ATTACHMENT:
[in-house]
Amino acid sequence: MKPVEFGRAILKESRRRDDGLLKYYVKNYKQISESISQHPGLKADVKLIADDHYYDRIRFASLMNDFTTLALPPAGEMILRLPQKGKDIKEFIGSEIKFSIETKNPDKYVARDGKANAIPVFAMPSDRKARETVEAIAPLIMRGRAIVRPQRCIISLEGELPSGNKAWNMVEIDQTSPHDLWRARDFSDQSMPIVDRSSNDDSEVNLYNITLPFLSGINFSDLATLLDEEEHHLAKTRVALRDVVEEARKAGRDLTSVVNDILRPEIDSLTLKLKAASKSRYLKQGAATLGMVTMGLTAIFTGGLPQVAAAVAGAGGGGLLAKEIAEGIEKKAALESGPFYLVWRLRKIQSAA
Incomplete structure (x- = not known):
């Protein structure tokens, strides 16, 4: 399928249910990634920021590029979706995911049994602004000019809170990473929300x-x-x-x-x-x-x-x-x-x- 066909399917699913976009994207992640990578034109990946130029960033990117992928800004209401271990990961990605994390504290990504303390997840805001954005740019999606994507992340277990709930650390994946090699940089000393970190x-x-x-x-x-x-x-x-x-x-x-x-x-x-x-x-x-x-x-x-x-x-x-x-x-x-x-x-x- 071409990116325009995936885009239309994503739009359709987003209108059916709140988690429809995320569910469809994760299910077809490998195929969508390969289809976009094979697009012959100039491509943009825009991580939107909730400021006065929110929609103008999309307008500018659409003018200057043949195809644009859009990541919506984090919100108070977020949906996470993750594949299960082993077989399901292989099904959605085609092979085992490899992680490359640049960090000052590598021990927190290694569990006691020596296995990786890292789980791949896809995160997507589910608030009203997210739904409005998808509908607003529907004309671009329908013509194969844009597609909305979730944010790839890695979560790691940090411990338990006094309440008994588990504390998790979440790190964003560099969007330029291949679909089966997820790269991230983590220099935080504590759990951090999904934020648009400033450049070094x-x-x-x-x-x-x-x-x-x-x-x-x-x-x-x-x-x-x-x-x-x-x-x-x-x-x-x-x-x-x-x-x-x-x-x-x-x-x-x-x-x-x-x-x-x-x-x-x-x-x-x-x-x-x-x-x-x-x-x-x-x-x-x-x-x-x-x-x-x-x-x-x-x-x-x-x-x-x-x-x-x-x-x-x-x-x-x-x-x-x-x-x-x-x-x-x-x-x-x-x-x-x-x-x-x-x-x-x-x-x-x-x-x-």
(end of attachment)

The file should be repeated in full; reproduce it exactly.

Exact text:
[in-house]
Amino acid sequence: MKPVEFGRAILKESRRRDDGLLKYYVKNYKQISESISQHPGLKADVKLIADDHYYDRIRFASLMNDFTTLALPPAGEMILRLPQKGKDIKEFIGSEIKFSIETKNPDKYVARDGKANAIPVFAMPSDRKARETVEAIAPLIMRGRAIVRPQRCIISLEGELPSGNKAWNMVEIDQTSPHDLWRARDFSDQSMPIVDRSSNDDSEVNLYNITLPFLSGINFSDLATLLDEEEHHLAKTRVALRDVVEEARKAGRDLTSVVNDILRPEIDSLTLKLKAASKSRYLKQGAATLGMVTMGLTAIFTGGLPQVAAAVAGAGGGGLLAKEIAEGIEKKAALESGPFYLVWRLRKIQSAA
Incomplete structure (x- = not known):
């Protein structure tokens, strides 16, 4: 399928249910990634920021590029979706995911049994602004000019809170990473929300x-x-x-x-x-x-x-x-x-x- 066909399917699913976009994207992640990578034109990946130029960033990117992928800004209401271990990961990605994390504290990504303390997840805001954005740019999606994507992340277990709930650390994946090699940089000393970190x-x-x-x-x-x-x-x-x-x-x-x-x-x-x-x-x-x-x-x-x-x-x-x-x-x-x-x-x- 071409990116325009995936885009239309994503739009359709987003209108059916709140988690429809995320569910469809994760299910077809490998195929969508390969289809976009094979697009012959100039491509943009825009991580939107909730400021006065929110929609103008999309307008500018659409003018200057043949195809644009859009990541919506984090919100108070977020949906996470993750594949299960082993077989399901292989099904959605085609092979085992490899992680490359640049960090000052590598021990927190290694569990006691020596296995990786890292789980791949896809995160997507589910608030009203997210739904409005998808509908607003529907004309671009329908013509194969844009597609909305979730944010790839890695979560790691940090411990338990006094309440008994588990504390998790979440790190964003560099969007330029291949679909089966997820790269991230983590220099935080504590759990951090999904934020648009400033450049070094x-x-x-x-x-x-x-x-x-x-x-x-x-x-x-x-x-x-x-x-x-x-x-x-x-x-x-x-x-x-x-x-x-x-x-x-x-x-x-x-x-x-x-x-x-x-x-x-x-x-x-x-x-x-x-x-x-x-x-x-x-x-x-x-x-x-x-x-x-x-x-x-x-x-x-x-x-x-x-x-x-x-x-x-x-x-x-x-x-x-x-x-x-x-x-x-x-x-x-x-x-x-x-x-x-x-x-x-x-x-x-x-x-x-």